Friday Cocktail Recipe: The Summer Sage

You got the kids back to school. You survived the 105 degree late-August heat. And now — it's time for a drink. This cocktail, with red plums, sage, and rye whiskey, is like a grown-up whiskey sour.

Rye whiskey, a cousin to Tennessee whiskey (aka Jack Daniels) and bourbon, is a sort of forgotten American classic. Whiskey made from a rye mash has been around for hundreds of years — George Washington used to distill it at Mount Vernon. Many early cocktails, like the old-fashioned and the sazerac, called for rye whiskey, but it fell out of favor after prohibition.

With the cocktail renaissance of the past decade, rye whiskey has come back in a big way. It's now quite easy to find it at your local liquor store. (A good, reasonably priced brand is Old Overholt.) So what's all the fuss about? Rye whiskey, when compared to a Tennessee whiskey like Jack Daniels, is less sweet, with more pronounced spice flavors. Paired with red plums and sage, it makes for a lovely little cocktail that looks like pink lemonade but packs a real punch.

The key, I've learned, to making any drink with fresh fruit is to make sure the fruit is especially ripe and juicy. How do you find the perfect plum? A ripe red plum will be dark (not bright red) all over, slightly soft to the touch, and very fragrant.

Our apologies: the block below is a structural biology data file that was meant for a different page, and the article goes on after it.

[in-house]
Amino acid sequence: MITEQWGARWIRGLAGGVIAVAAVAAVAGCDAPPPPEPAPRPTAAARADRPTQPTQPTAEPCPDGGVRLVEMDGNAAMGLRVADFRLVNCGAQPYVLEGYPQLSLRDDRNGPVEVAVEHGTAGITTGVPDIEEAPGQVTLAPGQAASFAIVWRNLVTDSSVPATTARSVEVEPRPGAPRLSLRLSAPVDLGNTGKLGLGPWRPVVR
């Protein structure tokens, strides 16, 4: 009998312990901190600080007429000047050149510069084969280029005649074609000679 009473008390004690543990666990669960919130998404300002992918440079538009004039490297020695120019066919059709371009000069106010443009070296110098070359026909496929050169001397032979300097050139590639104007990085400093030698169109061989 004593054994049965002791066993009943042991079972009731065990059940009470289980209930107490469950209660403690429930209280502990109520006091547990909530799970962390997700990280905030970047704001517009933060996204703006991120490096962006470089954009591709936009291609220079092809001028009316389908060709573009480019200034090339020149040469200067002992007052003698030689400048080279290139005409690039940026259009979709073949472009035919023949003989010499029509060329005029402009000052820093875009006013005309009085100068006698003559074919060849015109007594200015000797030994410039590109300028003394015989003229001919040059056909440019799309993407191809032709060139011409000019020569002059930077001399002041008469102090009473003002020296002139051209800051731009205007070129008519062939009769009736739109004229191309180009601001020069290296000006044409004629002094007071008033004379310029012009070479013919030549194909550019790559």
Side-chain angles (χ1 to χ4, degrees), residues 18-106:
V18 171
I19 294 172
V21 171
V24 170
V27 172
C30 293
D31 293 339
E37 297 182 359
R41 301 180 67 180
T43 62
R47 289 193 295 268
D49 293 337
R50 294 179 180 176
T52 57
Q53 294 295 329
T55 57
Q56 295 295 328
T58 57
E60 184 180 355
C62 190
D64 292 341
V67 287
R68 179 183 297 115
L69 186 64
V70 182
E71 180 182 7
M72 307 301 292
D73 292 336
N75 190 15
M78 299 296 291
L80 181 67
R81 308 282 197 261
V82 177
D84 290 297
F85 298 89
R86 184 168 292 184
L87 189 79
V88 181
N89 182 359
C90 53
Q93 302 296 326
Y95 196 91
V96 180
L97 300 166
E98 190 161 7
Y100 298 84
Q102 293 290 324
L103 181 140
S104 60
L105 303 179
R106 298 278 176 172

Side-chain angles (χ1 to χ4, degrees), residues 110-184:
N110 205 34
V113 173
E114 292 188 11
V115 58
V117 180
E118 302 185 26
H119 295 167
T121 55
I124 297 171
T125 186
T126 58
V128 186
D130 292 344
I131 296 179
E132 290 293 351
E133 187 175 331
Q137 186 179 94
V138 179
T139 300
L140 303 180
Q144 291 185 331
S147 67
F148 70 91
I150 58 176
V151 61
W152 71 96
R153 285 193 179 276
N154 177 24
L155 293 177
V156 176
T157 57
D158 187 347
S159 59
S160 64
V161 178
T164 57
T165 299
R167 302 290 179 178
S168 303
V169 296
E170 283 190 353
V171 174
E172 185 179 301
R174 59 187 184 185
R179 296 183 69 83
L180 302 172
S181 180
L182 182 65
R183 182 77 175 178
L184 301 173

The Summer Sage
makes 1 drink

6 slices red plum, as ripe and juicy as possible
4 to 5 sage leaves, stems removed
1/4 to 1/2 ounce simple syrup (more for a sweeter drink, less for a more pronounced whiskey taste.)
Splash (about 1/8 ounce) fresh-squeezed lemon juice
2 ounces rye whiskey

Add the plums, sage, and simple syrup to the bottom of a shaker, and muddle (or smoosh vigorously with the back of a spoon) until the plums form a nice mush. Fill the shaker with ice and add the lemon juice and whiskey. Shake and then double strain into a cocktail glass.

Cheers.

Related: Vanilla, Pear and Sage: Summer Cocktail with Navan

Nancy Mitchell loves whiskey, growing her own herbs, and whiskey...with herbs. You can find more of her recipes on her blog, The Backyard Bartender.

(Images: Nancy Mitchell)